The Federal Bureau of Investigation (F.B.I.) have said that feature appeared to be active on Syed Rizwan Farook’s iPhone as of the last time he performed a backup.
Investigators are still working to piece together a missing 18 minutes in the couple’s timeline from the terrorist attack in San Bernardino, California.
Investigators have concluded they were at least partly inspired by the Islamic State group; Tashfeen Malik’s Facebook page included a note pledging allegiance to the group’s leader around the time of the terrorist attack on San Bernardino, California.
In a statement, United States Attorney Eileen M. Decker said, “Since the terrorist attack in San Bernardino on December 2, 2015, that took the lives of 14 innocent Americans and shattered the lives of numerous families, my office, and our law enforcement partners have worked tirelessly to exhaust every investigative lead in the case. We have made a solemn commitment to the victims and their families that we will leave no stone unturned as we gather as much information and evidence as possible. These victims and families deserve nothing less. The application filed today in federal court is another step — a potentially important step — in the process of learning everything we possibly can about the attack in San Bernardino.”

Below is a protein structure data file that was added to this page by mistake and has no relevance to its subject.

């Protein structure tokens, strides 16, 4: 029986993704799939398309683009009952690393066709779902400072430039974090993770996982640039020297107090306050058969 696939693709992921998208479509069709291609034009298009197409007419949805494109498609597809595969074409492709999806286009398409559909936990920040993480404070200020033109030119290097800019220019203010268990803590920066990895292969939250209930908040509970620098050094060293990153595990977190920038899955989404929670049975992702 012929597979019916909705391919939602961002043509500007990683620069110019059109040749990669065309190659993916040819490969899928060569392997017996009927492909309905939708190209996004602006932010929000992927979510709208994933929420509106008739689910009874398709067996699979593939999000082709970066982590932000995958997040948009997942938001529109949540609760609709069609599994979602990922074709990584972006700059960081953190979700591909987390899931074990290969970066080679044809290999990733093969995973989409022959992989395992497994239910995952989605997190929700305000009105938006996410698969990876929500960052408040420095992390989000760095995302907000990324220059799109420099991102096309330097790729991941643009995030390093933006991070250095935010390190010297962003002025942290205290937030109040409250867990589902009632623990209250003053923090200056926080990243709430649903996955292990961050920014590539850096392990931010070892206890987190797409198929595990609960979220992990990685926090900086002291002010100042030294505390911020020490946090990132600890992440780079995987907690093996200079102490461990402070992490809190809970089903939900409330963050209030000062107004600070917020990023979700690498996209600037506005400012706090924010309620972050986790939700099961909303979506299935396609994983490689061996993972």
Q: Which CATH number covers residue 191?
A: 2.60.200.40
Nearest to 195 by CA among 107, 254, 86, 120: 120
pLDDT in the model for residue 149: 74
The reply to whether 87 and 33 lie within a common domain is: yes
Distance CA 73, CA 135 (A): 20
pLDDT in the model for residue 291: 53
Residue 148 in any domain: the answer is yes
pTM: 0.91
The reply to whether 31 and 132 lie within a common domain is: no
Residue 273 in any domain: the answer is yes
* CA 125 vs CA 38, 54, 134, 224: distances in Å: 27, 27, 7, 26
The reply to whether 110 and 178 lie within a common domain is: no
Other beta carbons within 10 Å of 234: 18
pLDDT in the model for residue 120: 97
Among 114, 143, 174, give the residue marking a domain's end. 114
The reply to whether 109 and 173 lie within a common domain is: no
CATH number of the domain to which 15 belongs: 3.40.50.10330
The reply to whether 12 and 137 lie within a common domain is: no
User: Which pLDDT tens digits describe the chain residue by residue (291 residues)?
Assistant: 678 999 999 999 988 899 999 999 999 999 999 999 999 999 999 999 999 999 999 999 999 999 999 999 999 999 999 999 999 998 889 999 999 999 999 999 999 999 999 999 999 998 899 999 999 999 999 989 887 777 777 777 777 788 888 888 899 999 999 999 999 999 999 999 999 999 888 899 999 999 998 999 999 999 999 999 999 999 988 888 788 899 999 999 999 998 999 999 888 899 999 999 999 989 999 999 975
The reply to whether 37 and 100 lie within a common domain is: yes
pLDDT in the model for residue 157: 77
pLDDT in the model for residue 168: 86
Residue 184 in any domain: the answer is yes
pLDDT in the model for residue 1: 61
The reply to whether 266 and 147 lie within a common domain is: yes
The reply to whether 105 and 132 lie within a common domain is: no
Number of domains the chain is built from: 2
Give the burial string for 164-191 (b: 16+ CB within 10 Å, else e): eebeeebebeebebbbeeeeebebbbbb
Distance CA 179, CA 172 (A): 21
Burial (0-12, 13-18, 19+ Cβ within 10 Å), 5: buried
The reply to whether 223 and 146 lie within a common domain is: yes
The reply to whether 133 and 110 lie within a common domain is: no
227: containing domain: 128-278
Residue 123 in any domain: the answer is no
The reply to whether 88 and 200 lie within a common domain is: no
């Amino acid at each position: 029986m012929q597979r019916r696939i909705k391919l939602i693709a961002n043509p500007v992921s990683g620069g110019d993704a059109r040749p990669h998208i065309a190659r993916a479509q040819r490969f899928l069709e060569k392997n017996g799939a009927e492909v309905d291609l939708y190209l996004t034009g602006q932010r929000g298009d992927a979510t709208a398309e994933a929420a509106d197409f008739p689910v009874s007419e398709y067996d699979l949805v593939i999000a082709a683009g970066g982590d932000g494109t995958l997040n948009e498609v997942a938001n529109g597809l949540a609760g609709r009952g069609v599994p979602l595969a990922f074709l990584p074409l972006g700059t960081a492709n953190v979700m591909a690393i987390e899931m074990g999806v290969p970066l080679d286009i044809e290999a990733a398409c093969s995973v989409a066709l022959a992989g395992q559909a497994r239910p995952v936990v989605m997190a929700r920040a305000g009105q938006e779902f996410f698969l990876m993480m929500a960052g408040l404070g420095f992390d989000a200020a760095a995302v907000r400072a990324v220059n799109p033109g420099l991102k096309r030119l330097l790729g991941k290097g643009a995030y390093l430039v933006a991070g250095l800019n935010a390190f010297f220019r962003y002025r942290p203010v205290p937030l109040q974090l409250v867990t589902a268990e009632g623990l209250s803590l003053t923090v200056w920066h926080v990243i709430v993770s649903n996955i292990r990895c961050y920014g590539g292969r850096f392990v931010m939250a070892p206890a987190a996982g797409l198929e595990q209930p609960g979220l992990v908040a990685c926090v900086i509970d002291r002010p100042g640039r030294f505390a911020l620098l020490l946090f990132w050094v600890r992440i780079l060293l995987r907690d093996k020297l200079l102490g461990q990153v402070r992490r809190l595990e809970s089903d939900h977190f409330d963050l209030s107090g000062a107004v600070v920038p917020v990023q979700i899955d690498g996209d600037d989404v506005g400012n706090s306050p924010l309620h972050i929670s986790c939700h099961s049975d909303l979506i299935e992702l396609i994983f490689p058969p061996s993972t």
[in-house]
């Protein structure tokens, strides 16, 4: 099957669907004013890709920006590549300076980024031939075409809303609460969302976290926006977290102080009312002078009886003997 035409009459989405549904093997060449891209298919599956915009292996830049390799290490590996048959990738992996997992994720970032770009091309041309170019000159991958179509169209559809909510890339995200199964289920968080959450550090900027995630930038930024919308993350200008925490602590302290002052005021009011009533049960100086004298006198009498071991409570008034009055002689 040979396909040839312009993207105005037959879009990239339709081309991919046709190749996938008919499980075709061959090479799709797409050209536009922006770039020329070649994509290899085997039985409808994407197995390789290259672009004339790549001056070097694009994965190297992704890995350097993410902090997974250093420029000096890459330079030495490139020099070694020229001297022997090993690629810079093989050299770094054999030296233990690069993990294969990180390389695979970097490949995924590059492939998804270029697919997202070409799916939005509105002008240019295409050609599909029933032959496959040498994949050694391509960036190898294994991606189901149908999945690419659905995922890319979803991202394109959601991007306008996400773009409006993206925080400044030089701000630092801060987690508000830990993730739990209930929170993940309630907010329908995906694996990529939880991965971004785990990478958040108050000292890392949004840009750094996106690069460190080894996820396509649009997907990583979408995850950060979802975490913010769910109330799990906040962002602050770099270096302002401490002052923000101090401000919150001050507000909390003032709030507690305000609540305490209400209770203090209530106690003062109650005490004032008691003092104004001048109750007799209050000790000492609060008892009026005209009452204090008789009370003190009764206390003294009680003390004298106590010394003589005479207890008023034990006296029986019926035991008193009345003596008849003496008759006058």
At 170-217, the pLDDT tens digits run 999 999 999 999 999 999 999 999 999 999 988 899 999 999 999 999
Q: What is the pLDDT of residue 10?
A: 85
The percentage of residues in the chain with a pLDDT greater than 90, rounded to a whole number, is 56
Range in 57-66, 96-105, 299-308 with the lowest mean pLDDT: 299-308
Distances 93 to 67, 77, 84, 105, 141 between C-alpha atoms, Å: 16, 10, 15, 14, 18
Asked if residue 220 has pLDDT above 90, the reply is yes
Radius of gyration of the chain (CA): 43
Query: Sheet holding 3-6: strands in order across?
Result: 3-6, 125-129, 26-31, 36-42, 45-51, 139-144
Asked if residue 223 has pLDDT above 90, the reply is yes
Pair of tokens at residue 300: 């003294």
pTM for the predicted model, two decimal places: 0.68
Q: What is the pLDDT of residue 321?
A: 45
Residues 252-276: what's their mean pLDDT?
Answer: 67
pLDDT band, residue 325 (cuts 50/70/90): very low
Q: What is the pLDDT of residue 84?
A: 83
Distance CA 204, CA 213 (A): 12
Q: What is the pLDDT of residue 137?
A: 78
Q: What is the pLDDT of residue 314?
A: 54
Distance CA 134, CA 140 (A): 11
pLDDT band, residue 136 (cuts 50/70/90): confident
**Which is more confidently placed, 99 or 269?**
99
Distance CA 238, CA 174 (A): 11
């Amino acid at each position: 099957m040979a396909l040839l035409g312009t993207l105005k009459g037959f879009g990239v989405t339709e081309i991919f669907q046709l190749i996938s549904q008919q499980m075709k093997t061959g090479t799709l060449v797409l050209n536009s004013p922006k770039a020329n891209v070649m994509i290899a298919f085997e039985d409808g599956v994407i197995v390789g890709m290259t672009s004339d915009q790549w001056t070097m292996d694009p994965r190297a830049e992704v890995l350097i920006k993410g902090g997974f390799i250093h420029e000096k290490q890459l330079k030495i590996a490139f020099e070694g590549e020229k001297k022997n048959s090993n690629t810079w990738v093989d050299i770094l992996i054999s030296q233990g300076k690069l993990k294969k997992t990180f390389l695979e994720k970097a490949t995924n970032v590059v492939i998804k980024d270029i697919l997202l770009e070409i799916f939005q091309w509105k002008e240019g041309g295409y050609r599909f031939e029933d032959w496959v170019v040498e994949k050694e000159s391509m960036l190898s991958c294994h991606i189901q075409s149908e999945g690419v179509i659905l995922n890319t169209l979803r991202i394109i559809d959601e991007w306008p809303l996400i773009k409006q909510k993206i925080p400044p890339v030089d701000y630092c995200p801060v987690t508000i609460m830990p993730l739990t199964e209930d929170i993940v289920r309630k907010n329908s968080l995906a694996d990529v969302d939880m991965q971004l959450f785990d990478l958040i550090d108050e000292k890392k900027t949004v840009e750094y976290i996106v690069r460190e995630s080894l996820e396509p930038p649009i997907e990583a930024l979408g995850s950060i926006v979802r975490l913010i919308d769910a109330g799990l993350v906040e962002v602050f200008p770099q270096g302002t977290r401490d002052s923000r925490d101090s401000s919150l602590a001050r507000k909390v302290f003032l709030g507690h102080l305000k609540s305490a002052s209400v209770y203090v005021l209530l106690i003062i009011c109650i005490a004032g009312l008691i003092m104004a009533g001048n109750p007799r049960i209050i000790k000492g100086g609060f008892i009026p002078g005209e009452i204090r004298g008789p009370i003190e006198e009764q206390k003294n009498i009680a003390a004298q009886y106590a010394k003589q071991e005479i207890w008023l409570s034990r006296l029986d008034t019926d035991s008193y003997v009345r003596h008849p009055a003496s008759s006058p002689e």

Last week, Federal Bureau of Investigation (F.B.I.) Director James Comey told members of United States Congress that investigators in the case had been unable to access a phone in the California case but provided no details.